All Crime Is Local

Americans are overestimating crime, even when they say crime in their neighborhoods hasn’t changed.

Artwork of an eyeball covered in yellow police tape
OsakaWayne Studios / Getty; Adam Maida / The Atlantic

About the author: David A. Graham is a staff writer at The Atlantic.

Americans are freaked out about crime in the United States. As many as eight in 10 say it’s a major problem. They rank it ahead of health care and poverty, perennial priorities. Solid majorities believe that crime is worse today than it was 30 years ago, which is not even close to true, despite record increases in homicides in 2020.

This fear about crime has potentially large implications. President Joe Biden, eager to show that the White House is paying attention, launched a series of crime-fighting initiatives focused on guns last month. Republicans have sought to tie Democratic support for cutting police budgets to the rise in crime, and local and congressional efforts at police reform could all be shaped by the public’s views on crime.

But ask Americans how things look in their own communities, and in survey after survey, they evince much less worry. In a recent USA Today/Ipsos poll, 62 percent of Americans believed (correctly) that crime had gotten worse in the United States, but a plurality felt that their own community was no more dangerous, closely paralleling the results of a Navigator poll. In a Washington Post/ABC News poll, 59 percent saw crime as a serious problem nationally, but only 17 percent felt the same way about their own area. This split is not new, but it may be widening. In November, Gallup recorded the largest difference ever: 78 percent of Americans said crime was rising year over year nationwide, but only 38 percent said it was up in their area.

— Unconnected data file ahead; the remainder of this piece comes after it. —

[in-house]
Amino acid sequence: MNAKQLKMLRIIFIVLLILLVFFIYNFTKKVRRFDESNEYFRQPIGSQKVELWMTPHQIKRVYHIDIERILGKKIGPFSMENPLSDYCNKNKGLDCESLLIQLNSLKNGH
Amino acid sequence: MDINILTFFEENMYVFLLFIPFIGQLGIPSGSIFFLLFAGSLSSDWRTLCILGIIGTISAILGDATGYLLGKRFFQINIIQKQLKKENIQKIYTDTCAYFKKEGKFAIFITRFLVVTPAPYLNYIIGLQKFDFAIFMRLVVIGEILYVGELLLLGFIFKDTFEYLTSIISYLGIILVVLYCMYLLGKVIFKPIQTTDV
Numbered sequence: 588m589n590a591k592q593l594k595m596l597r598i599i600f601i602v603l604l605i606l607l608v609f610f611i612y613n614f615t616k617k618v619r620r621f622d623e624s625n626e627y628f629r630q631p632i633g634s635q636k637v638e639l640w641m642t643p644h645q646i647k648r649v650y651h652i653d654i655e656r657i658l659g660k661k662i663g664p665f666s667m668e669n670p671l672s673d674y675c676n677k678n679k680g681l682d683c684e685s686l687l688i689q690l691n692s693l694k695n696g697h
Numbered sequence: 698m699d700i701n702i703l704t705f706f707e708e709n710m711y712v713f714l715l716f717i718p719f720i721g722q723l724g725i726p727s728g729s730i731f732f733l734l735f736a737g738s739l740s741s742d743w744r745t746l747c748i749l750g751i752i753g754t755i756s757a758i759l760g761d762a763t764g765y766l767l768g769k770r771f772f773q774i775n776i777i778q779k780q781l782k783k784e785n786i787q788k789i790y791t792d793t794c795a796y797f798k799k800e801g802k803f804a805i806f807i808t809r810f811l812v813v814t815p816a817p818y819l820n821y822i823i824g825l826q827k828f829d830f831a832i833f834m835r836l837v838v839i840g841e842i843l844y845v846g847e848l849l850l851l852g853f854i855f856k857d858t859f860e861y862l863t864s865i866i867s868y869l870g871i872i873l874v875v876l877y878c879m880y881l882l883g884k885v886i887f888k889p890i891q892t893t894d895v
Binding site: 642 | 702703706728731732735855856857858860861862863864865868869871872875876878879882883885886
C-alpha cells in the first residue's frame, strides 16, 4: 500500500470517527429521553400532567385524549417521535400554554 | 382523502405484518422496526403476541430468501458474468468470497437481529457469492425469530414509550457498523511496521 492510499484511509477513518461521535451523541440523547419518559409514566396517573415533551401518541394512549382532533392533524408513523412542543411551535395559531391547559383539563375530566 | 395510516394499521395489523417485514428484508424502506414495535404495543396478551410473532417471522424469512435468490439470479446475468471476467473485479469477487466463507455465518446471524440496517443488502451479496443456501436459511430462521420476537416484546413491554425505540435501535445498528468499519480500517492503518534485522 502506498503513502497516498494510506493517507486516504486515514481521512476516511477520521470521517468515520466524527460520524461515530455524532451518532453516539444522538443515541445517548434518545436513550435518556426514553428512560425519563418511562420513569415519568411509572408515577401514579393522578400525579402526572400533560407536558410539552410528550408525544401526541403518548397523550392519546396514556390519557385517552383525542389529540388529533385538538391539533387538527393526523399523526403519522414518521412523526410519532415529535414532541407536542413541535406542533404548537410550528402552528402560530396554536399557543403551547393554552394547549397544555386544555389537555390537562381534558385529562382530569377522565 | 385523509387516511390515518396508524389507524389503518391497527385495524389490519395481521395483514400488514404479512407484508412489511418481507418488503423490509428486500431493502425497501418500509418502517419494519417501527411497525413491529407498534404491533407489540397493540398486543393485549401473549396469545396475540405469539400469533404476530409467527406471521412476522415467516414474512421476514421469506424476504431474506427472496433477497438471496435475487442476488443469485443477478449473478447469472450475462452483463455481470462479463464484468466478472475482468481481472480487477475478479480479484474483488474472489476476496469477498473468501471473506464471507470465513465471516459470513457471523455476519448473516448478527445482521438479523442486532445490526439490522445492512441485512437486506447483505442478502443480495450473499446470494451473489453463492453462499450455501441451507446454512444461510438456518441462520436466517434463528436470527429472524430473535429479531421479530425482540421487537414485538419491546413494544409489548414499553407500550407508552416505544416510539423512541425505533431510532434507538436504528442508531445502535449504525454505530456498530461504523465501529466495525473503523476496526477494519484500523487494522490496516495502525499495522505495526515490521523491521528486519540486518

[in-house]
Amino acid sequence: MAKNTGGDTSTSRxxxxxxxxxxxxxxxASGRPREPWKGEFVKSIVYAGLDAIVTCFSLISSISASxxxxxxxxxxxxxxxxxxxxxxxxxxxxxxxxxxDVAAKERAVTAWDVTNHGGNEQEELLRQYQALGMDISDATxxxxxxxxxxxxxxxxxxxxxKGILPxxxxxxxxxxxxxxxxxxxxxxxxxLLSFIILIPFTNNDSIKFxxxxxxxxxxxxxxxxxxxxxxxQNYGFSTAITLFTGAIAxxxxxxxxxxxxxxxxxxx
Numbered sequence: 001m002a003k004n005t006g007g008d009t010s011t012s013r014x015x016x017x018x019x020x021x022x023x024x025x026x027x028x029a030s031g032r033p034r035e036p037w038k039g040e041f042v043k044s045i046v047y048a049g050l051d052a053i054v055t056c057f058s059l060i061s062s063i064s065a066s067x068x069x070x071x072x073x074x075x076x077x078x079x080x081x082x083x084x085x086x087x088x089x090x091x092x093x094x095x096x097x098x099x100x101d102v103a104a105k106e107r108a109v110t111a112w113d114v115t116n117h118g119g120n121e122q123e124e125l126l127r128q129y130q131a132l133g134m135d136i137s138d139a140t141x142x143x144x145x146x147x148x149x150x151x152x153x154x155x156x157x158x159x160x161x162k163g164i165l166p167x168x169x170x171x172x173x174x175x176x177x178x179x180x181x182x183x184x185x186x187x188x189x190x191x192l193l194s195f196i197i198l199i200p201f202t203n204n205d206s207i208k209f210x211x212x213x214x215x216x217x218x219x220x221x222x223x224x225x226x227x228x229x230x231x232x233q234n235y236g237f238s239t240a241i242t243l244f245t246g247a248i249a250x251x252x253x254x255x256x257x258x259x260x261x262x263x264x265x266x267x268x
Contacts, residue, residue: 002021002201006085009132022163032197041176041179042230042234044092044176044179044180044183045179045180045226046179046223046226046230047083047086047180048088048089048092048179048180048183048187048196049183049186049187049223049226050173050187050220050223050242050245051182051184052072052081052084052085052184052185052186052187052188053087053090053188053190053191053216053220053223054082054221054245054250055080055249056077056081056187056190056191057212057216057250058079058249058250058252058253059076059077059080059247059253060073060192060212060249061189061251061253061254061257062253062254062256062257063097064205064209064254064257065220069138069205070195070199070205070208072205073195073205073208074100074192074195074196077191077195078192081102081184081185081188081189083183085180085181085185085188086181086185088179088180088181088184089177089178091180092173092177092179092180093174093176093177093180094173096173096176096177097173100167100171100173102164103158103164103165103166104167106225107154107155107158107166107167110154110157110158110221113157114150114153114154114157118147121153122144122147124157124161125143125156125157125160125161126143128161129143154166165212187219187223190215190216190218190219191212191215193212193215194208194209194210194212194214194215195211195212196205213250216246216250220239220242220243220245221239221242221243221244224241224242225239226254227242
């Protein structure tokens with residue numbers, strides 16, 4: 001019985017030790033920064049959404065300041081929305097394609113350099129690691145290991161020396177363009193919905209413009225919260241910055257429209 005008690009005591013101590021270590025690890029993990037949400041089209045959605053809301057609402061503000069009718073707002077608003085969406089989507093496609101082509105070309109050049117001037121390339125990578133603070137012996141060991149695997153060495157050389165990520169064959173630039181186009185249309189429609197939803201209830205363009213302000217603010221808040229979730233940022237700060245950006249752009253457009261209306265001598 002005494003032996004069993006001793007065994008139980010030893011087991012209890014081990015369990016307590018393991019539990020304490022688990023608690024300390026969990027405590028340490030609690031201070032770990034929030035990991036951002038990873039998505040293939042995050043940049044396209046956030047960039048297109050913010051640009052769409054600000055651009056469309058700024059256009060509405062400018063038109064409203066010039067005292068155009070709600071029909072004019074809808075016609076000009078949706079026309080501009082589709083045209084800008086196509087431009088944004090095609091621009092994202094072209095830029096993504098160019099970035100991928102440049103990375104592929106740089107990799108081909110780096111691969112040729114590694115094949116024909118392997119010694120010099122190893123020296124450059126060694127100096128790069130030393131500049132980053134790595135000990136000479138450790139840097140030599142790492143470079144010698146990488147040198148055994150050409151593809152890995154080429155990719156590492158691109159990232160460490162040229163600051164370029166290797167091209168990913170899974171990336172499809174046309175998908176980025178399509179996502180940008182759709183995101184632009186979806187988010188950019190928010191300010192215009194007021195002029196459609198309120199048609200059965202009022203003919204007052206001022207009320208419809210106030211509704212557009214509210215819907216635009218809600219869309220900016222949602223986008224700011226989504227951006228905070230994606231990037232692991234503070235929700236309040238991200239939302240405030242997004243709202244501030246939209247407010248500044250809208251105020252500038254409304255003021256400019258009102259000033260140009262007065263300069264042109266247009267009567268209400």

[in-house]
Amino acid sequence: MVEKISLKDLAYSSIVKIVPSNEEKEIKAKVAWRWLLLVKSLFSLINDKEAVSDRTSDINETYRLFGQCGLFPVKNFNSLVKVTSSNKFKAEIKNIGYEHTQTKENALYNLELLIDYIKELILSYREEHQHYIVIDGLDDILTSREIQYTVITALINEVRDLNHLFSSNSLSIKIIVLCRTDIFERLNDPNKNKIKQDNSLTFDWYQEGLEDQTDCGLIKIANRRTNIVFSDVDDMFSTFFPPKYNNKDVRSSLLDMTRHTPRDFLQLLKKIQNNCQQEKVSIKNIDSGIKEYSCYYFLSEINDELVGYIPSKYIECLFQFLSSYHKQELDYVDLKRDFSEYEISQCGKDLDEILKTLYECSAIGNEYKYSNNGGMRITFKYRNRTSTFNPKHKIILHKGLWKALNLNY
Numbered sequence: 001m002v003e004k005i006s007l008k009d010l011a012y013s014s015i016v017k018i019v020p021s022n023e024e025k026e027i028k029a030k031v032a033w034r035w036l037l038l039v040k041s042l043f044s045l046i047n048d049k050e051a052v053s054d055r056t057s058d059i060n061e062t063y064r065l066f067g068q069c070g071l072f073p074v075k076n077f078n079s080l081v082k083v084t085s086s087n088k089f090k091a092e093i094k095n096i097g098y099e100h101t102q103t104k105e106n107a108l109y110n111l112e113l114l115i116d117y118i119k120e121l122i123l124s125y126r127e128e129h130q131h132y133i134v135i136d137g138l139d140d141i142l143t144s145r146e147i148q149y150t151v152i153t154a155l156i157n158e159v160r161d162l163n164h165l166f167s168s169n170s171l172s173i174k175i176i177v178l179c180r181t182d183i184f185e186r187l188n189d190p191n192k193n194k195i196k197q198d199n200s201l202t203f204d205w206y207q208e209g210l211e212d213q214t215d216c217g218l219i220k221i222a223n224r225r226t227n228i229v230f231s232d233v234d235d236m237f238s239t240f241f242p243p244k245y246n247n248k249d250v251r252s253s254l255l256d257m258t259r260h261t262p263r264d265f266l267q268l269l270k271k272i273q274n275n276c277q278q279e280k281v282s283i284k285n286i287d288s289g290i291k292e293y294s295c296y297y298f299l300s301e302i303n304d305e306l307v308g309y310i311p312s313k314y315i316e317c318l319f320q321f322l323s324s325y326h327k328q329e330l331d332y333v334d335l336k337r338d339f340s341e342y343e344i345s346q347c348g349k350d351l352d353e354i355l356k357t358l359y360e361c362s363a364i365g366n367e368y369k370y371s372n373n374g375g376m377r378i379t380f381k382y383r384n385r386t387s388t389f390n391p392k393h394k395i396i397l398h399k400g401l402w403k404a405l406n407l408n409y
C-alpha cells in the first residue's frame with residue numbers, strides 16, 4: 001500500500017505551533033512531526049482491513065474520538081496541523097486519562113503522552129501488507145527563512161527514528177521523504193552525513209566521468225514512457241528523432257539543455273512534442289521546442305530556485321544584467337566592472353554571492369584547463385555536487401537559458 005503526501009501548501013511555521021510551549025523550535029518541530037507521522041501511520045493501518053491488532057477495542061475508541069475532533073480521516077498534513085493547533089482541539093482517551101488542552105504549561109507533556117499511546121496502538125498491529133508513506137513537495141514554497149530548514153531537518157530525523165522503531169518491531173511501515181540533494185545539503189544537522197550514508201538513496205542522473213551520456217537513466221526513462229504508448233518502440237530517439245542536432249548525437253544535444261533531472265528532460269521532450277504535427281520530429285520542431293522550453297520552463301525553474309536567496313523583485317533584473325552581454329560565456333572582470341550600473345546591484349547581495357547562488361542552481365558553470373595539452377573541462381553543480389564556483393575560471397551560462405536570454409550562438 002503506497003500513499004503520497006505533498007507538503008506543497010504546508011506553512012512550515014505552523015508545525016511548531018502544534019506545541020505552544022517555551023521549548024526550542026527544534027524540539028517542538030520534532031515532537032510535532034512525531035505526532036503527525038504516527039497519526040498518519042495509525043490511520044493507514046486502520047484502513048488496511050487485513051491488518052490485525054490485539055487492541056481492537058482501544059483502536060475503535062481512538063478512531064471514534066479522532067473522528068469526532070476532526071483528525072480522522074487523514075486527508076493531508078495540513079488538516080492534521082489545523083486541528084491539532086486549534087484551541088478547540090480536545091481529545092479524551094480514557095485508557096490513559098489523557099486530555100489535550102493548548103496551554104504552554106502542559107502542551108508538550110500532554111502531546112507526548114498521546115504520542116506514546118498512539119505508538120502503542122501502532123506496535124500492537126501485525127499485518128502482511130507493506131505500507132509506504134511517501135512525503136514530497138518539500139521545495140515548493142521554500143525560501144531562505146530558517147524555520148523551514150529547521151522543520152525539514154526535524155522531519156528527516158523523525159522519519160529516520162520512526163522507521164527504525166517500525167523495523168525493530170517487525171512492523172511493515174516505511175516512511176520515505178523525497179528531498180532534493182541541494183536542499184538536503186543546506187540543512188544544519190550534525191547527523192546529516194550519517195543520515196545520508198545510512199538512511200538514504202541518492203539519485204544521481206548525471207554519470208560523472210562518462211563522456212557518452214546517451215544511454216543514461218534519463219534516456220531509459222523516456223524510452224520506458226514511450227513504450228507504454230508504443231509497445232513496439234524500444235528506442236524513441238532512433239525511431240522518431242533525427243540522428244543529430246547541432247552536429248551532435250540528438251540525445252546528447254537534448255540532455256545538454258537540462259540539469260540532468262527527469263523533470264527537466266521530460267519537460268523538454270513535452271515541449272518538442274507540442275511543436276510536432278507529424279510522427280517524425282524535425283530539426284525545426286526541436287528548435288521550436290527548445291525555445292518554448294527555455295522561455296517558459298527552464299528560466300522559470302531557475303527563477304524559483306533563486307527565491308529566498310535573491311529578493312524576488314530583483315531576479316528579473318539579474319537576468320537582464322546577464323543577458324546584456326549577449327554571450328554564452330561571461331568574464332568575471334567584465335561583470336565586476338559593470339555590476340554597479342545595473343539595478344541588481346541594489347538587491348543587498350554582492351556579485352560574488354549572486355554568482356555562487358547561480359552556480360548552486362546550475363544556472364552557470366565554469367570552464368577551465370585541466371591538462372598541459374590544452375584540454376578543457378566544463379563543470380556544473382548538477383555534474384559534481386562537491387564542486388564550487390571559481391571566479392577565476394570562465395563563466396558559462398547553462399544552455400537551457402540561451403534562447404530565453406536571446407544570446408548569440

Americans are onto something. “Violent crime in particular is hugely concentrated,” Wesley G. Skogan, a political scientist at Northwestern University, wrote to me in an email. “Unlike Lake Wobegone, almost all neighborhoods are below average.”

The divergent views of crime locally and nationally produce two divergent possibilities for fighting the increase in violence. Politicians could take worries about national crime as a cue to pursue blunt and simplistic answers of the past, including stricter sentencing and over-policing. But the nuanced views among the public suggest that policy makers have the flexibility to devise locally appropriate strategies for crime.